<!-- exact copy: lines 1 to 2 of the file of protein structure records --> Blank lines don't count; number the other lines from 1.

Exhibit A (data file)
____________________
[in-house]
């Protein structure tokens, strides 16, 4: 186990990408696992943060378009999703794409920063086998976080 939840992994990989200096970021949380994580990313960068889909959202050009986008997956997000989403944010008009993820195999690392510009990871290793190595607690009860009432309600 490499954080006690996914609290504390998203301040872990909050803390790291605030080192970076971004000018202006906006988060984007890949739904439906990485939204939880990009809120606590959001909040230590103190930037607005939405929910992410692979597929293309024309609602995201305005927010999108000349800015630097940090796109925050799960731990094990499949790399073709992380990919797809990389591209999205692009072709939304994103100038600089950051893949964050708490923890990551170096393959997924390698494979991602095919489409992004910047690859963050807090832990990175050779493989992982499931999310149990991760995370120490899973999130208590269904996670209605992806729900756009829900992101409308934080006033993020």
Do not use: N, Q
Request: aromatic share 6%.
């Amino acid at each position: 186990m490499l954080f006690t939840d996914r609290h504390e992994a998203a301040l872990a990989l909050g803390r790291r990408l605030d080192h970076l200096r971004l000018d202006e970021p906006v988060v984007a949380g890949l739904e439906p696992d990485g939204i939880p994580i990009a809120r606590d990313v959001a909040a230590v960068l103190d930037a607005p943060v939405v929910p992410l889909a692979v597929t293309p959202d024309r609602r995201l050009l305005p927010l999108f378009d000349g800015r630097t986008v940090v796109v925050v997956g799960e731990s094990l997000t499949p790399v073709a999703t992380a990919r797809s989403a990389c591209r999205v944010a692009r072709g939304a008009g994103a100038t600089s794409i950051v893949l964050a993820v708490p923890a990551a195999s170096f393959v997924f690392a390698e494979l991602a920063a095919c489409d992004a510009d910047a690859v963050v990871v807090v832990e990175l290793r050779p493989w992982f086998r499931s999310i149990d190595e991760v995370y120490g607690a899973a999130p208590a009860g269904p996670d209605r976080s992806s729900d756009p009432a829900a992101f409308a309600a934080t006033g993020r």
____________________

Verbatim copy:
[in-house]
């Protein structure tokens, strides 16, 4: 186990990408696992943060378009999703794409920063086998976080 939840992994990989200096970021949380994580990313960068889909959202050009986008997956997000989403944010008009993820195999690392510009990871290793190595607690009860009432309600 490499954080006690996914609290504390998203301040872990909050803390790291605030080192970076971004000018202006906006988060984007890949739904439906990485939204939880990009809120606590959001909040230590103190930037607005939405929910992410692979597929293309024309609602995201305005927010999108000349800015630097940090796109925050799960731990094990499949790399073709992380990919797809990389591209999205692009072709939304994103100038600089950051893949964050708490923890990551170096393959997924390698494979991602095919489409992004910047690859963050807090832990990175050779493989992982499931999310149990991760995370120490899973999130208590269904996670209605992806729900756009829900992101409308934080006033993020």